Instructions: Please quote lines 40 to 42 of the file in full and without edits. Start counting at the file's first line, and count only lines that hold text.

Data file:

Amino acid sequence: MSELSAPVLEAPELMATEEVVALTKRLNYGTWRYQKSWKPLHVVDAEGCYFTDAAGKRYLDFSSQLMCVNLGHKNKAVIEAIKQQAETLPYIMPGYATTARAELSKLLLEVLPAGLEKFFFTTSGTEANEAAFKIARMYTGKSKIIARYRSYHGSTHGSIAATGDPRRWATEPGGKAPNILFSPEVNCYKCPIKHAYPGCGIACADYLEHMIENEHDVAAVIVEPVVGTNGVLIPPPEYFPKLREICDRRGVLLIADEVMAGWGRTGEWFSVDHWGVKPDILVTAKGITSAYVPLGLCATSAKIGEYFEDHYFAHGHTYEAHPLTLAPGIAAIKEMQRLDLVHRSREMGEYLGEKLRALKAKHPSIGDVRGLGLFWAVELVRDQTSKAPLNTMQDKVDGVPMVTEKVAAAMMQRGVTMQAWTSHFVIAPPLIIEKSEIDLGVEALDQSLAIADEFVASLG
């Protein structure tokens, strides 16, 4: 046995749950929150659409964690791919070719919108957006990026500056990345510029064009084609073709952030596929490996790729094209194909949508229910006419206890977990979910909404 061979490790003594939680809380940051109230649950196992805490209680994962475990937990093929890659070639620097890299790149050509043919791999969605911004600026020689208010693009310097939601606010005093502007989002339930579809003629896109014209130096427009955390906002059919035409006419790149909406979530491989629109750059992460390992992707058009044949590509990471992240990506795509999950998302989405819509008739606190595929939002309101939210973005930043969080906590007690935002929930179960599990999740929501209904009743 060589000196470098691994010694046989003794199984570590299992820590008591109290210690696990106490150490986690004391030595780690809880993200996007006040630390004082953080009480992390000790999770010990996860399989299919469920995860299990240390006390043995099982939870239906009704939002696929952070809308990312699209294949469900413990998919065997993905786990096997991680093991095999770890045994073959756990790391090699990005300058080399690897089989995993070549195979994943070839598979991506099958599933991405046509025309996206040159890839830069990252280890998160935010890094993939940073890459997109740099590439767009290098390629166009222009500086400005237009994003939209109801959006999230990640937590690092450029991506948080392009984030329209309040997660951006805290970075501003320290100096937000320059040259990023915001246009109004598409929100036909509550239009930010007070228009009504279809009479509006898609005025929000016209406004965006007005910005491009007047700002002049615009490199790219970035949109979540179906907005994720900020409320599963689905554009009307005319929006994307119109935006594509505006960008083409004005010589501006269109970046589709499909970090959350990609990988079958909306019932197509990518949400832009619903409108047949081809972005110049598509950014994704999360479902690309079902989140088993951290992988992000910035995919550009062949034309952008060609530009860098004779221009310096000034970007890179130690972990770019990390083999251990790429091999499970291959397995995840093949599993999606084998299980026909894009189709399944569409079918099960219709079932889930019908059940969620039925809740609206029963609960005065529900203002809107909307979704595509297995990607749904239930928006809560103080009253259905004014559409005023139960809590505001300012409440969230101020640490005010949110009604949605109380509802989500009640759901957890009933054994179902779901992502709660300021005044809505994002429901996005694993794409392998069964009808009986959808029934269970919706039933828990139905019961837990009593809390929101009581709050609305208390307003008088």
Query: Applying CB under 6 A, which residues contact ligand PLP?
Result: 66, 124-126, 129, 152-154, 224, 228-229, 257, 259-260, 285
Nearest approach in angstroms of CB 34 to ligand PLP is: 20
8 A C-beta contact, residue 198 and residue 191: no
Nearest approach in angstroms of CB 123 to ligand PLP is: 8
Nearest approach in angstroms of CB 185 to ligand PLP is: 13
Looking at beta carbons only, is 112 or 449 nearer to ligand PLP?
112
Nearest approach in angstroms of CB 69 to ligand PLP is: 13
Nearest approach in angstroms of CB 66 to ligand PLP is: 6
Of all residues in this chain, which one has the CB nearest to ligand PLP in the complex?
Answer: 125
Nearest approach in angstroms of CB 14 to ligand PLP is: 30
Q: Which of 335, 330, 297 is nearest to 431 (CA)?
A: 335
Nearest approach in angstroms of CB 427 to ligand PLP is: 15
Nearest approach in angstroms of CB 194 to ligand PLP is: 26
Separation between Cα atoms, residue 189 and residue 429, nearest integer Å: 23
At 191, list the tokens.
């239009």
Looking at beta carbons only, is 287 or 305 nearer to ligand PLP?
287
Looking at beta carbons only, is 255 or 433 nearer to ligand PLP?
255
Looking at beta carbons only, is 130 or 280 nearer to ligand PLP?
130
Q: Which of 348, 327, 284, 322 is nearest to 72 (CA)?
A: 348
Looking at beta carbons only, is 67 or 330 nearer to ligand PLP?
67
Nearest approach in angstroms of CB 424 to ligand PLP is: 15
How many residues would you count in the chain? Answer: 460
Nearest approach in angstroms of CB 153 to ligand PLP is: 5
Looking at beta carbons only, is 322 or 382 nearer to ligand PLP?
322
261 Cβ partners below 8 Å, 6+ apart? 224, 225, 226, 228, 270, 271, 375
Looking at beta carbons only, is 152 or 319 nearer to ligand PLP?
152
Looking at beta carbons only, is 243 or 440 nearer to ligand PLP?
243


152
Looking at beta carbons only, is 243 or 440 nearer to ligand PLP?
243